The following local adverse reactions have been reported with topical corticosteroids, and they may occur more frequently with the use of occlusive dressings and higher potency corticosteroids. These reactions are listed in an approximately decreasing order of occurrence: irritation, folliculitis, acneiform eruptions, hypopigmentation, perioral dermatitis, allergic contact dermatitis, secondary infection, skin atrophy, striae, hypertrichosis, and miliaria.

CUTIVATE Lotion, 0.05% may cause local cutaneous adverse reactions (see ADVERSE REACTIONS).

If irritation develops, CUTIVATE® Lotion should be discontinued and appropriate therapy instituted. Allergic contact dermatitis with corticosteroids is usually diagnosed by observing failure to heal rather than noting a clinical exacerbation as with most topical products not containing corticosteroids. Such an observation should be corroborated with appropriate diagnostic patch testing.

If concomitant skin infections are present or develop, an appropriate antifungal or antibacterial agent should be used. If a favorable response does not occur promptly, use of CUTIVATE® Lotion should be discontinued until the infection has been adequately controlled.

CUTIVATE® Lotion should not be used in the presence of preexisting skin atrophy and should not be used where infection is present at the treatment site. CUTIVATE® Lotion should not be used in the treatment of rosacea and perioral dermatitis.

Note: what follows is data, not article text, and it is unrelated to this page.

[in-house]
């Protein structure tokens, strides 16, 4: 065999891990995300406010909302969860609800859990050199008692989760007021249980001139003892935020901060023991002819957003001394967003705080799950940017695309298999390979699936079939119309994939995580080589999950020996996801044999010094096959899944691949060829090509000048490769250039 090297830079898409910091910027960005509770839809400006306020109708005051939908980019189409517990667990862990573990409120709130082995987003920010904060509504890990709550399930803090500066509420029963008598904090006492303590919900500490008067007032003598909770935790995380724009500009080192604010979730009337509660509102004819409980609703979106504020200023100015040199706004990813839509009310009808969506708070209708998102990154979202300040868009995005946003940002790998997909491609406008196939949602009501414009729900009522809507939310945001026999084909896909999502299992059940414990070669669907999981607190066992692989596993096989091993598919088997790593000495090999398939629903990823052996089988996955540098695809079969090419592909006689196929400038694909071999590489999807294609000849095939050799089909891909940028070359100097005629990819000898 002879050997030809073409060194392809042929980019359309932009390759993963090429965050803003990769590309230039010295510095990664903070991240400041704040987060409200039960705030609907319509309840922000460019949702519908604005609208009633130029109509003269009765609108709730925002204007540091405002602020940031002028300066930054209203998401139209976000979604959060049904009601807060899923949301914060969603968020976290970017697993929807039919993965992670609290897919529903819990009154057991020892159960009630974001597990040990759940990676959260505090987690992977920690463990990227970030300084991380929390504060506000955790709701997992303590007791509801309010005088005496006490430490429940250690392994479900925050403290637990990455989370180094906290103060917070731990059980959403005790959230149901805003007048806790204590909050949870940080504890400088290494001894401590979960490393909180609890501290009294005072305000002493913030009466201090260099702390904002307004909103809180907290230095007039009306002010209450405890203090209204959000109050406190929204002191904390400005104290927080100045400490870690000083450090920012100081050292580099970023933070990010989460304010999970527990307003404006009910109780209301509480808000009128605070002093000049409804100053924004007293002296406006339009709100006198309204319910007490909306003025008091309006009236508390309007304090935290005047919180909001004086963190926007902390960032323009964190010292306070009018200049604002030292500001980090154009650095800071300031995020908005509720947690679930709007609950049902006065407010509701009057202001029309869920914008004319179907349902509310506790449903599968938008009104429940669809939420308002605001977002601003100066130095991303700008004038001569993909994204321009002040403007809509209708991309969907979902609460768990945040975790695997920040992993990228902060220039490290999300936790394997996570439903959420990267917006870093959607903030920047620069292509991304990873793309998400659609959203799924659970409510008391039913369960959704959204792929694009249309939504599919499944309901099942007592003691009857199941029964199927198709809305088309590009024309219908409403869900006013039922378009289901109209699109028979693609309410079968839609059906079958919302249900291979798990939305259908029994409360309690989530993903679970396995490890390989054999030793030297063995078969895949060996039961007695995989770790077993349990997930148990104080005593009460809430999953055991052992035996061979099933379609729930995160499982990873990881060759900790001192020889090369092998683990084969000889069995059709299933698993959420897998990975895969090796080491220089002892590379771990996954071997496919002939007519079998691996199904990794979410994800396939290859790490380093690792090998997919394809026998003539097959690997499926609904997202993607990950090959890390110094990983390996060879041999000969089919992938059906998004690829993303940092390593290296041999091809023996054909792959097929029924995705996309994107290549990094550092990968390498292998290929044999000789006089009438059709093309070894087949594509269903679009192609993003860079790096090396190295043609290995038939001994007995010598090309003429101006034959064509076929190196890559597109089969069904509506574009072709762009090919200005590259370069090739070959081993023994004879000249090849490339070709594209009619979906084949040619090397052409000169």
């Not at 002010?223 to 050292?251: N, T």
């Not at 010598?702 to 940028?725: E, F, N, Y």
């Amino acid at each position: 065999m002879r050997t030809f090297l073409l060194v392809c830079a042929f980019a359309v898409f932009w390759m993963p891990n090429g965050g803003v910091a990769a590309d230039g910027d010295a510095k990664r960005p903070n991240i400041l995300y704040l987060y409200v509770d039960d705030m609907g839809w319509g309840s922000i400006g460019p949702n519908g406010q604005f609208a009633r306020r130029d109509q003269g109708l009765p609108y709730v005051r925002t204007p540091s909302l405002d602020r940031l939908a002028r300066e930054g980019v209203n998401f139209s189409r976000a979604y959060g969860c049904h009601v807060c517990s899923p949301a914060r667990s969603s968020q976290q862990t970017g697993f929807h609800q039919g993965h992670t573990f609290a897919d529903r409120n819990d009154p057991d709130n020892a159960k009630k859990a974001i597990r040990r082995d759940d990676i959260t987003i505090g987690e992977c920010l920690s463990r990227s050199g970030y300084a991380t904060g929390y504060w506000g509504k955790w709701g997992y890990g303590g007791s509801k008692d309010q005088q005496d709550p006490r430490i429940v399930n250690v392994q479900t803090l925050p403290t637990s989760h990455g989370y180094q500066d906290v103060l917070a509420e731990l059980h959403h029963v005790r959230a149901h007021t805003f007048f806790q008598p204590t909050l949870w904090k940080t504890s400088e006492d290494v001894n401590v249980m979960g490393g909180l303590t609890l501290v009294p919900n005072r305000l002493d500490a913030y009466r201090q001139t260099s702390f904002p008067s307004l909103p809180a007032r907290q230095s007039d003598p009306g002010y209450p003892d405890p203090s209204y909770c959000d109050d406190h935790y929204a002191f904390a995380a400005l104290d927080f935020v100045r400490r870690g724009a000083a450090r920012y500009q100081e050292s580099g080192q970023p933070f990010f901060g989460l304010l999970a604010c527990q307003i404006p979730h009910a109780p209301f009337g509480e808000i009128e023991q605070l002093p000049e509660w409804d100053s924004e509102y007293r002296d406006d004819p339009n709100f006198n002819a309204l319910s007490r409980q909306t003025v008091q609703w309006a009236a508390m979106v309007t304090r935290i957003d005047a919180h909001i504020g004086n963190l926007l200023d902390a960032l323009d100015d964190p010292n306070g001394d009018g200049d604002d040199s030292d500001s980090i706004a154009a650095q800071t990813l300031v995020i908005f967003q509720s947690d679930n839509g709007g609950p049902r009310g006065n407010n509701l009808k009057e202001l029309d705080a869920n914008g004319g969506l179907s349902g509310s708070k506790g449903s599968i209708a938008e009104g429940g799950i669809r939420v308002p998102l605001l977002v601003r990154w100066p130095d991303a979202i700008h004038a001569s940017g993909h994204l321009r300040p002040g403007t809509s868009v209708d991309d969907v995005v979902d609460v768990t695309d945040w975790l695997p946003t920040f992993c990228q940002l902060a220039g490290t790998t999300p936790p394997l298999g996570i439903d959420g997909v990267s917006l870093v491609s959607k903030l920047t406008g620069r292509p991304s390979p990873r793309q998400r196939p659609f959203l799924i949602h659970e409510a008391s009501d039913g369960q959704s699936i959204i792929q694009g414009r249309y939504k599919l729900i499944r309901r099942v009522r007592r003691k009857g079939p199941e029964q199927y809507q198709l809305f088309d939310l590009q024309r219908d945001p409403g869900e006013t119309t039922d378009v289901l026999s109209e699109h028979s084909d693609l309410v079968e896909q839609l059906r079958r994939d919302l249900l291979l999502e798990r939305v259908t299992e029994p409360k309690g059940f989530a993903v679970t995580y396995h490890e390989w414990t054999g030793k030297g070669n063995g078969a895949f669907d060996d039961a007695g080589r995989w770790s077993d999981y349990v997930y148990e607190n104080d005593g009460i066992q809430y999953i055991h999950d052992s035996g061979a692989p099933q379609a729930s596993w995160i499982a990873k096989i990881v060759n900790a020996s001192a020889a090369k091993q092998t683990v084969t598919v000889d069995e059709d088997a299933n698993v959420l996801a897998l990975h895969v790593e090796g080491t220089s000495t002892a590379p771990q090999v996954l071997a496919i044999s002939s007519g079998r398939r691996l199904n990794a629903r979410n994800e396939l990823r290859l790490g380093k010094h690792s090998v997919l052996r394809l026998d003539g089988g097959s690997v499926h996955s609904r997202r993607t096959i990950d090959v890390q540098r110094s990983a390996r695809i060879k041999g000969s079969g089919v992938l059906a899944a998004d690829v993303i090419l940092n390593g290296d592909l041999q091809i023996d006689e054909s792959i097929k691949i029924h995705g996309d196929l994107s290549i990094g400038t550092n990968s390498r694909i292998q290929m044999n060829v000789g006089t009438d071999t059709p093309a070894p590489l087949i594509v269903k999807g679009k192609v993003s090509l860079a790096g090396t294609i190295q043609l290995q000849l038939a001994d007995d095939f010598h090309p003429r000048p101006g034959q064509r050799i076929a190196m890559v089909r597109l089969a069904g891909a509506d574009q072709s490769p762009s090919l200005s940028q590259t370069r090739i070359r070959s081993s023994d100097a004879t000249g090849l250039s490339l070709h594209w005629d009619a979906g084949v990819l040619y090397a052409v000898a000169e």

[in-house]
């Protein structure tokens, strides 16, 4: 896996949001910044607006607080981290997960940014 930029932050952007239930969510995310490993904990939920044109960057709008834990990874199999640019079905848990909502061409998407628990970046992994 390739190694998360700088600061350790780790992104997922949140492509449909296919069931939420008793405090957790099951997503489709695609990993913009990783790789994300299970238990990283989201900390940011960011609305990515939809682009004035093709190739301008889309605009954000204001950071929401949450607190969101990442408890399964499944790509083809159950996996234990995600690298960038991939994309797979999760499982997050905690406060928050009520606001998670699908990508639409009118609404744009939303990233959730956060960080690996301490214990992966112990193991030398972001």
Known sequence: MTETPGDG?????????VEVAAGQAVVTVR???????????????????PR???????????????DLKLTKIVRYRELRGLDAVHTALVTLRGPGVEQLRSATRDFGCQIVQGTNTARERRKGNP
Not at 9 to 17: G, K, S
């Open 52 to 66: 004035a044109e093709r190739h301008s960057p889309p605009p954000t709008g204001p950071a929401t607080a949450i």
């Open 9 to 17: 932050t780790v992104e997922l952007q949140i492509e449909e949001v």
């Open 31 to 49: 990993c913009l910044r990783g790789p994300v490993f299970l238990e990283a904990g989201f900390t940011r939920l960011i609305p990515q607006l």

Patients that apply CUTIVATE® Lotion to exposed portions of the body should avoid excessive exposure to either natural or artificial sunlight (including tanning booths, sun lamps, etc.).

Laboratory Tests

The cosyntropin (ACTH1·24) stimulation test may be helpful in evaluating patients for HPA axis suppression.

Carcinogenesis, Mutagenesis, and Impairment of Fertility

In an oral (gavage) mouse carcinogenicity study, doses of 0.1, 0.3 and 1 mg/kg/day fluticasone propionate were administered to mice for 18 months. Fluticasone propionate demonstrated no tumorigenic potential at oral doses up to 1 mg/kg/day (less than the MRHD in adults based on body surface area comparisons) in this study.

In a dermal mouse carcinogenicity study, 0.05% fluticasone propionate ointment (40 μl) was topically administered for 1, 3 or 7 days/week for 80 weeks. Fluticasone propionate demonstrated no tumorigenic potential at dermal doses up to 6.7 μg/kg/day (less than the MRHD in adults based on body surface area comparisons) in this study.

In a 52 week dermal photo-carcinogenicity study conducted in hairless albino mice with concurrent exposure to low level ultraviolet radiation (40 weeks of treatment followed by 12 weeks of observation), topically treated lotion vehicle animals and 0.05% fluticasone propionate lotion animals demonstrated shorter time to benign skin tumor formation compared to untreated control animals. Lotion vehicle treated animals developed benign skin tumors in a shorter time than 0.05% fluticasone propionate lotion treated animals. Although applicability of results to clinical use of CUTIVATE® Lotion in humans is unknown, and enhanced tumor growth in patients treated with CUTIVATE® Lotion has not been reported, patients should exercise general precautions in minimizing UV light exposure by avoiding excessive or unnecessary exposure to either natural or artificial sunlight (including sunbathing, tanning booths, sun lamps, etc.)